Nearly every Windows NT-based Web server on the Internet is vulnerable to a newly discovered security hole that lets a malicious hacker take over the server -- and, in some cases, the network to which it is attached, says a network security company.
According to the eEye Digital Security Team, which develops network security software, it discovered the bug on June 6 when its Retina network security scanning software -- which automatically employs techniques commonly used to break into computer systems -- succeeded in crashing an NT server. The engineers quickly realised that the bug could be exploited not only to crash the NT machine but also to take it over completely.
According to eEye CEO Firas Bushnaq, the company supplied detailed information about the bug to Microsoft on June 8. However, a week later, said Bushnaq, the software giant had still not published a fix and stopped responding to e-mail correspondence about the bug.
Believing that Microsoft "was not giving the problem the attention it deserved," eEye released not only a description of the hole but two working demonstration programs that allow anyone to break into an NT server running IIS 4.0. The break-in code appears to work on any server from which a Web page can be retrieved, even if a firewall is present.
eEye explained its decision to disclose the bug, and to publish a program that lets anyone readily exploit it, in a brief note on its Web site. "We are a full-disclosure security team," they wrote. "If our team starts hiding the facts, we'll be no better than a software vendor that rushes insecure products to market."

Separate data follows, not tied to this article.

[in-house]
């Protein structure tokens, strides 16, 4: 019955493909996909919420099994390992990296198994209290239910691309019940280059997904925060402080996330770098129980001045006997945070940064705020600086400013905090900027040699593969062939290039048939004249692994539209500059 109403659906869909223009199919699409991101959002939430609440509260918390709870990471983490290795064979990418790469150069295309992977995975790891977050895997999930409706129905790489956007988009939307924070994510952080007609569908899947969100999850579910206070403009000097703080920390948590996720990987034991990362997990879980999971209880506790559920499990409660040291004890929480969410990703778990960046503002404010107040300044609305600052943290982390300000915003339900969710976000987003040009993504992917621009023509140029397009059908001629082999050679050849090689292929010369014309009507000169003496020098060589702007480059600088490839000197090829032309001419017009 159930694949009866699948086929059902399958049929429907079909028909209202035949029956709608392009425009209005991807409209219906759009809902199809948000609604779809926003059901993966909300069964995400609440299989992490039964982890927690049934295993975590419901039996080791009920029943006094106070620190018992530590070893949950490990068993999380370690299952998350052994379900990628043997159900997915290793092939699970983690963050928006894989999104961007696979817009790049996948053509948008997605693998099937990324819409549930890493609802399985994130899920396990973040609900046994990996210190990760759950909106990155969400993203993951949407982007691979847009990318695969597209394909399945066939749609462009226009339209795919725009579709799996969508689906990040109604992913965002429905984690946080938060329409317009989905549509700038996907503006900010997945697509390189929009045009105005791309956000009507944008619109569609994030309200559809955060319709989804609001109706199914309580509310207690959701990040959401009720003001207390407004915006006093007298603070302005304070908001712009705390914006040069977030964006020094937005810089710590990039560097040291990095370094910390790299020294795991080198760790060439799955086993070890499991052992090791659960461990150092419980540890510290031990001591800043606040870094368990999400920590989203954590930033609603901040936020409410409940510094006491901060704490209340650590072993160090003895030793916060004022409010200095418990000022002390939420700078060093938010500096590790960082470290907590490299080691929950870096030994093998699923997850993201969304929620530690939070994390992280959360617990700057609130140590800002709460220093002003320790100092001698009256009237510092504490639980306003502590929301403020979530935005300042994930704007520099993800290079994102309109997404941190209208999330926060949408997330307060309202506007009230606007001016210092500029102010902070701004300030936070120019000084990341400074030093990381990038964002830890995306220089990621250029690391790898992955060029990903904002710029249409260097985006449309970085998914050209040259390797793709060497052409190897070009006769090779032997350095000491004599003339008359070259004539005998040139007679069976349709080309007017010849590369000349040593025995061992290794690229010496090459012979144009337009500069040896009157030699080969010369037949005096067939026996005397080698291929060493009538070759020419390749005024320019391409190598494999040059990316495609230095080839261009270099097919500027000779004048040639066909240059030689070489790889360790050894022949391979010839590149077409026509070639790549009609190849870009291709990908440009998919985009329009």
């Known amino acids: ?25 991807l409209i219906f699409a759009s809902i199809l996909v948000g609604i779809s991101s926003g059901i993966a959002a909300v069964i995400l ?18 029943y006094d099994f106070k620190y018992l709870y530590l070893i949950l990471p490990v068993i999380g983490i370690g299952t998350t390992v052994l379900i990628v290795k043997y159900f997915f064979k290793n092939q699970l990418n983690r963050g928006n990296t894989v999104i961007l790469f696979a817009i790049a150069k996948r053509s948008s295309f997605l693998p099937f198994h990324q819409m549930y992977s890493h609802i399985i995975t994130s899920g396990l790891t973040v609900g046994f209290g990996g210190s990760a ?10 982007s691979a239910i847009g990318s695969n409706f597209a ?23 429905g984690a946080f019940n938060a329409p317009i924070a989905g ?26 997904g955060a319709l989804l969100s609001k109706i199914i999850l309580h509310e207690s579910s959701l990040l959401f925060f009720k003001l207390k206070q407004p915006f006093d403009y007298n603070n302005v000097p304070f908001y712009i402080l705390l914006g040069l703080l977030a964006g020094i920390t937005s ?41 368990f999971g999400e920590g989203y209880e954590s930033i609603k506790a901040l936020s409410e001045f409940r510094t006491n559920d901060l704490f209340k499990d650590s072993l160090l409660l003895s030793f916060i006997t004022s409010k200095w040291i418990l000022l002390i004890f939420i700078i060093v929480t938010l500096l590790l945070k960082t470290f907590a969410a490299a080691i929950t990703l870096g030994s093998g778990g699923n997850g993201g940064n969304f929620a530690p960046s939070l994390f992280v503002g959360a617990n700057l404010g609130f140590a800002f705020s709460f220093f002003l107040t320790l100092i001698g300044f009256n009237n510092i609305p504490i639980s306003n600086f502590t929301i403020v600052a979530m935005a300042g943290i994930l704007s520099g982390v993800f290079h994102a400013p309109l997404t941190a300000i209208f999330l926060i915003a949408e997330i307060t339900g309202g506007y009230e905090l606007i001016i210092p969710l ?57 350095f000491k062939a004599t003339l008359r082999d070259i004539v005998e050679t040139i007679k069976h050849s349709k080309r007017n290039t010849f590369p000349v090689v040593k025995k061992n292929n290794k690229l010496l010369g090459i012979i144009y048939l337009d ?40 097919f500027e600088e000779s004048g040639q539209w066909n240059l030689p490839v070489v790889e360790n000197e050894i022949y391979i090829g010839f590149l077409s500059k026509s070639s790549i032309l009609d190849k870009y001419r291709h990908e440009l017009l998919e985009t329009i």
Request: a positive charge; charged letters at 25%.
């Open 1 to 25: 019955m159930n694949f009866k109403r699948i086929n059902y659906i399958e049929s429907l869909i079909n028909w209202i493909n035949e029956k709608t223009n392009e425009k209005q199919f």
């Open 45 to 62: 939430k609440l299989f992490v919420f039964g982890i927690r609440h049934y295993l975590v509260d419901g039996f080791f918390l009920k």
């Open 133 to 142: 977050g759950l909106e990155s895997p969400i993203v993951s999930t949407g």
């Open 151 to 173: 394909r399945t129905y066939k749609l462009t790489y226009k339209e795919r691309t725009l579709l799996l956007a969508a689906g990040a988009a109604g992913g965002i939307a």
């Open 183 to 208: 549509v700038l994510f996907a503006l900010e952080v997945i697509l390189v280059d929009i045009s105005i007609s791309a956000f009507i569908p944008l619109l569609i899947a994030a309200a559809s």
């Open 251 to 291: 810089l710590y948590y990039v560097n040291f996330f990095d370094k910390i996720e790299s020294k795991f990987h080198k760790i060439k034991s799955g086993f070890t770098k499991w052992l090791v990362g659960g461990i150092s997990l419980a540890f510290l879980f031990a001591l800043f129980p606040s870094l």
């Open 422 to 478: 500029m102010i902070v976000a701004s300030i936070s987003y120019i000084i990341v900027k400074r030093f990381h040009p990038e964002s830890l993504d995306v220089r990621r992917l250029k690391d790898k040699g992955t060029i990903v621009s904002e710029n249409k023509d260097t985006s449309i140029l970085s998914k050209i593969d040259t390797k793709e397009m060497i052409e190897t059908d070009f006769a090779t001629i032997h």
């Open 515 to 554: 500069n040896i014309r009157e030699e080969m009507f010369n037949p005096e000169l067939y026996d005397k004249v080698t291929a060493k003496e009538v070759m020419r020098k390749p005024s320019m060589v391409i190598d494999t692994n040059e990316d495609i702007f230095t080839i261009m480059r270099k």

Microsoft, however, took exception to this philosophy. "Responsible security companies do not provide tools that can be used to attack innocent people," said Microsoft security manager Scott Culp. Bushnaq, for his part, noted that a moderately skilled hacker, armed with the knowledge that the bug existed, could easily craft a program to exploit it in less than two hours.
At 6 p.m. PT on Tuesday, June 15, Microsoft published instructions describing how system administrators could implement a temporary workaround for the problem. Unfortunately, one side effect of the workaround is that users who upload pages to the NT Web server cannot employ a Web-based mechanism to change their expiring passwords, and thus may be left without access.
Microsoft's Culp says that a more permanent patch that does not have this problem is in the works. Users can subscribe to a mailing list that distributes bulletins about security problems, and remedies for them, by following the instructions on the company's Web site.
This security glitch is one of many that have plagued Windows NT and IIS. Microsoft advises customers that a long list of steps, posted at its site, should be taken whenever an NT/IIS machine is placed on the Net as a Web server. These steps include disabling many NT features, such as POSIX compatibility, and in some cases reformatting the machine's hard drives.